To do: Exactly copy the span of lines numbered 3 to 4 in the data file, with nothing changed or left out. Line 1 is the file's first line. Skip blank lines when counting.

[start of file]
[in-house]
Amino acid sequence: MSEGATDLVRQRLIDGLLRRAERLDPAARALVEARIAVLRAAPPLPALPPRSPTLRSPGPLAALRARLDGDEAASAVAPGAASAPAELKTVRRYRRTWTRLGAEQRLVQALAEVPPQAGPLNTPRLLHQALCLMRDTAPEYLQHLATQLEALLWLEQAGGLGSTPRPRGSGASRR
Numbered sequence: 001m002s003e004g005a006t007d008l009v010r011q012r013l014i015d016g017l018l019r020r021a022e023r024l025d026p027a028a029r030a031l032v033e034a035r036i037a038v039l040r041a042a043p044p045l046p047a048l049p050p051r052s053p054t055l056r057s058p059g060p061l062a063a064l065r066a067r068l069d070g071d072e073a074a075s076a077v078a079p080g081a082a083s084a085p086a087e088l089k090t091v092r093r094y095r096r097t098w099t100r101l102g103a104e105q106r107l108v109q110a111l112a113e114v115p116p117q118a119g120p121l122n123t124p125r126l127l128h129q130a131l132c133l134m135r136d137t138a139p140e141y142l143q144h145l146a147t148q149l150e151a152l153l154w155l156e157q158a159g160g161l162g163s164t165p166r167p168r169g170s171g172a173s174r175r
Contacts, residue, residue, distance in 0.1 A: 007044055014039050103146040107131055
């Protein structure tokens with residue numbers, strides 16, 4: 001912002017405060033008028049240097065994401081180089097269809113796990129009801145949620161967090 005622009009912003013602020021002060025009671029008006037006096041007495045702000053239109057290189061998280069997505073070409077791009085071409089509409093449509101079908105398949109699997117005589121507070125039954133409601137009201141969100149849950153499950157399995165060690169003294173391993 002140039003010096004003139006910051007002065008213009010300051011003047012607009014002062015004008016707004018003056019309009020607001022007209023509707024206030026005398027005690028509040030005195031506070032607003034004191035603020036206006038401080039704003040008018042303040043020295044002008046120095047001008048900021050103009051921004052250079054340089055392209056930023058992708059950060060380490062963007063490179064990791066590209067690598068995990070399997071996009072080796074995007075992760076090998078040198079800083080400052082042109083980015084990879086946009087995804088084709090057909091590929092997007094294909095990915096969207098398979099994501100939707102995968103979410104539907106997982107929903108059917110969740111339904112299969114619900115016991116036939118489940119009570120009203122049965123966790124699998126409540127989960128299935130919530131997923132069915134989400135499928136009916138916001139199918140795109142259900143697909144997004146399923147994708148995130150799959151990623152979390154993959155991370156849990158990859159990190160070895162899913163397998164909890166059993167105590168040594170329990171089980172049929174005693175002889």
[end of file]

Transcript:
Numbered sequence: 001m002s003e004g005a006t007d008l009v010r011q012r013l014i015d016g017l018l019r020r021a022e023r024l025d026p027a028a029r030a031l032v033e034a035r036i037a038v039l040r041a042a043p044p045l046p047a048l049p050p051r052s053p054t055l056r057s058p059g060p061l062a063a064l065r066a067r068l069d070g071d072e073a074a075s076a077v078a079p080g081a082a083s084a085p086a087e088l089k090t091v092r093r094y095r096r097t098w099t100r101l102g103a104e105q106r107l108v109q110a111l112a113e114v115p116p117q118a119g120p121l122n123t124p125r126l127l128h129q130a131l132c133l134m135r136d137t138a139p140e141y142l143q144h145l146a147t148q149l150e151a152l153l154w155l156e157q158a159g160g161l162g163s164t165p166r167p168r169g170s171g172a173s174r175r
Contacts, residue, residue, distance in 0.1 A: 007044055014039050103146040107131055